See More

First Known Use of stigma

circa 1593, in the meaning defined at sense 4

History and Etymology for stigma

Latin stigmat-, stigma mark, brand, from Greek, from stizein to tattoo — more at stick

Keep scrolling for more

Learn More about stigma

Time Traveler for stigma

Time Traveler

The first known use of stigma was circa 1593

See more words from the same year

Statistics for stigma

Last Updated

16 Jan 2021

Cite this Entry

“Stigma.” Merriam-Webster.com Dictionary, Merriam-Webster, https://www.merriam-webster.com/dictionary/stigma. Accessed 21 Jan. 2021.

Keep scrolling for more

More Definitions for stigma

stigma

noun
How to pronounce stigma (audio)

English Language Learners Definition of stigma

: a set of negative and often unfair beliefs that a society or group of people have about something
botany : the top part in the center of a flower which receives the pollen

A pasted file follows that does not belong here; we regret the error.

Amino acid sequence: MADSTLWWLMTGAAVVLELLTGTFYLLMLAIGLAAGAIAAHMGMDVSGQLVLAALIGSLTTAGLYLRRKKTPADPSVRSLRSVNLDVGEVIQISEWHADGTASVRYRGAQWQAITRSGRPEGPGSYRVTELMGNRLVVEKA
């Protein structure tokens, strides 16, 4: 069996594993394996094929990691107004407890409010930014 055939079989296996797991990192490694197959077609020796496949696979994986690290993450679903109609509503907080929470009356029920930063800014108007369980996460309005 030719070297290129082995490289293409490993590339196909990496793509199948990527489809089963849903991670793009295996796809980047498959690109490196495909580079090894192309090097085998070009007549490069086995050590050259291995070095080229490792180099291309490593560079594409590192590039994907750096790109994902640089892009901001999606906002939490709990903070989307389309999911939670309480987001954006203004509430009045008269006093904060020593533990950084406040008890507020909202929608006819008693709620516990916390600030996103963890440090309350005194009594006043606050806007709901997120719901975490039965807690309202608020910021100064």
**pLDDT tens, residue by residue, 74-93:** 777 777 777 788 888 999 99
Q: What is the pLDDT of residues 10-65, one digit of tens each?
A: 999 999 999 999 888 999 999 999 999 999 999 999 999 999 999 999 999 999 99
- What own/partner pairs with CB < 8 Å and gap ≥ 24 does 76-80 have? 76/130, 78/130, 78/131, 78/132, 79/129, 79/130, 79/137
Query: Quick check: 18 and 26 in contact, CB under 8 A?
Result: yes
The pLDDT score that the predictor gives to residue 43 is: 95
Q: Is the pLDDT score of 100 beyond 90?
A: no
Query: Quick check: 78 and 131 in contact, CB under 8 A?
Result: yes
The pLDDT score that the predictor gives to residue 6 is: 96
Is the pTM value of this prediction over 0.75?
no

stigma

noun
stig·​ma | \ ˈstig-mə How to pronounce stigma (audio) \
plural stigmata\ stig-​ˈmä-​tə , ˈstig-​mə-​tə \ or stigmas

Kids Definition of stigma

1 : a mark of disgrace or dishonor
2 : the upper part of the pistil of a flower which receives the pollen grains

stigma

noun
stig·​ma | \ ˈstig-mə How to pronounce stigma (audio) \
plural stigmata\ stig-​ˈmät-​ə How to pronounce stigma (audio) , ˈstig-​mət-​ə How to pronounce stigma (audio) \ or stigmas

Medical Definition of stigma

1 : an identifying mark or characteristic specifically : a specific diagnostic sign of a disease the stigmata of syphilis
3 : a small spot, scar, or opening on a plant or animal

Keep scrolling for more

Comments on stigma

What made you want to look up stigma? Please tell us where you read or heard it (including the quote, if possible).

WORD OF THE DAY

Test Your Vocabulary

Slippery Words Quiz—Changing with the Times

  • ducreux self portrait yawning
  • What is an earlier meaning of nice?
True or False

Test your knowledge - and maybe learn something along the way.

TAKE THE QUIZ
Typeshift

Anagram puzzles meet word search.

TAKE THE QUIZ
Love words? Need even more definitions?

Subscribe to America's largest dictionary and get thousands more definitions and advanced search—ad free!